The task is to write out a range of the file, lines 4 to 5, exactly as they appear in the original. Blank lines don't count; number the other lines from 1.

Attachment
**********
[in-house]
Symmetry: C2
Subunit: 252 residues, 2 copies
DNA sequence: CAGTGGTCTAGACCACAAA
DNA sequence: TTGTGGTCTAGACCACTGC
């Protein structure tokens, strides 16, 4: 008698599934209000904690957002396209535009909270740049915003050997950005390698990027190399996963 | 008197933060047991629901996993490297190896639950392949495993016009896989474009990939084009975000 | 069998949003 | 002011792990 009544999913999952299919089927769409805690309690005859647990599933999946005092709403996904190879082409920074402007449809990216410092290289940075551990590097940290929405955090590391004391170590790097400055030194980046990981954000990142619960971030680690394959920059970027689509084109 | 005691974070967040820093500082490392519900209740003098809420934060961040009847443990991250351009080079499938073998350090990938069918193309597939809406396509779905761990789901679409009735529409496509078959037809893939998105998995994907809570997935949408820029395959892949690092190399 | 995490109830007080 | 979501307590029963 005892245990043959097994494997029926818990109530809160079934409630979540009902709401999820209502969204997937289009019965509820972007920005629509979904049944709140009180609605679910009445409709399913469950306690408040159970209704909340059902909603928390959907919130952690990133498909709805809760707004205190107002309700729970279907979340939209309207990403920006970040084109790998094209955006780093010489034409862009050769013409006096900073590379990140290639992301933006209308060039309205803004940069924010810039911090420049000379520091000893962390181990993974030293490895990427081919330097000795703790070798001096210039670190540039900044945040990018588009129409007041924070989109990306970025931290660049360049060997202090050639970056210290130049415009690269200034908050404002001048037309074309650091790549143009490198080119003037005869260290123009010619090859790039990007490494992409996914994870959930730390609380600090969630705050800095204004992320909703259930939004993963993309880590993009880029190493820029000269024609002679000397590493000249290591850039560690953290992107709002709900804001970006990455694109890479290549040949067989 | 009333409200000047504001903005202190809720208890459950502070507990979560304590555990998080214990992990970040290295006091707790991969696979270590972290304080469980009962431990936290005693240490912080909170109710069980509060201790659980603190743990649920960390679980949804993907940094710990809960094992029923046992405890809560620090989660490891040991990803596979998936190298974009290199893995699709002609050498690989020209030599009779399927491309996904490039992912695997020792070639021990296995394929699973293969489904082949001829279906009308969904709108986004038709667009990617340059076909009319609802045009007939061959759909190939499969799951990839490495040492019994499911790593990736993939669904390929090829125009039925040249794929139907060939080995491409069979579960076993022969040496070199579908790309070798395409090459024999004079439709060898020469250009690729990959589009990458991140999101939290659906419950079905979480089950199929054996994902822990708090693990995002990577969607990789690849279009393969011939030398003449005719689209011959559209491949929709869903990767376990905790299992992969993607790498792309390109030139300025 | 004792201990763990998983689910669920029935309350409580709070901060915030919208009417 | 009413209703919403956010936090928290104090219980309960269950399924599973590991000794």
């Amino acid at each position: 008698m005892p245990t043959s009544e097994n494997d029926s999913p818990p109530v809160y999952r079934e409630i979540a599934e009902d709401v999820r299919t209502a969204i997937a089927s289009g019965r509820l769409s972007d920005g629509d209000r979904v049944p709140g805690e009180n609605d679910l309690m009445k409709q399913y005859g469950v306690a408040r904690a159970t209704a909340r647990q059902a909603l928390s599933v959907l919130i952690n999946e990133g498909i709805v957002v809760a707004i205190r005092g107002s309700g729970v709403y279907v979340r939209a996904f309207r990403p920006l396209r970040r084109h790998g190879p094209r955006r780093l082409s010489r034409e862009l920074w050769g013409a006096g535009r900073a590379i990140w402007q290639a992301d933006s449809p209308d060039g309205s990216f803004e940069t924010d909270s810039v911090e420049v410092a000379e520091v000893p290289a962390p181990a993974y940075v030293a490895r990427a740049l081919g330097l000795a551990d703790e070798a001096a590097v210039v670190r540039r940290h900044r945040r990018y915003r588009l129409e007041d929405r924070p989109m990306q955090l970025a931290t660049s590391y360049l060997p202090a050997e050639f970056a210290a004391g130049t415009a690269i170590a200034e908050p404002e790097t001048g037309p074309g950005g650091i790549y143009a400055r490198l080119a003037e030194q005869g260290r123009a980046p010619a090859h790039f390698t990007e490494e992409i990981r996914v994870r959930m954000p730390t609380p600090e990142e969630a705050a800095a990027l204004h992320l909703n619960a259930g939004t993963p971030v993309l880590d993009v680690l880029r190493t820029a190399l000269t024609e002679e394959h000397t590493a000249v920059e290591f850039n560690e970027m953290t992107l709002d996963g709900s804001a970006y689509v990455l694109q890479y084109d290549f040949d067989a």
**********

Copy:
DNA sequence: CAGTGGTCTAGACCACAAA
DNA sequence: TTGTGGTCTAGACCACTGC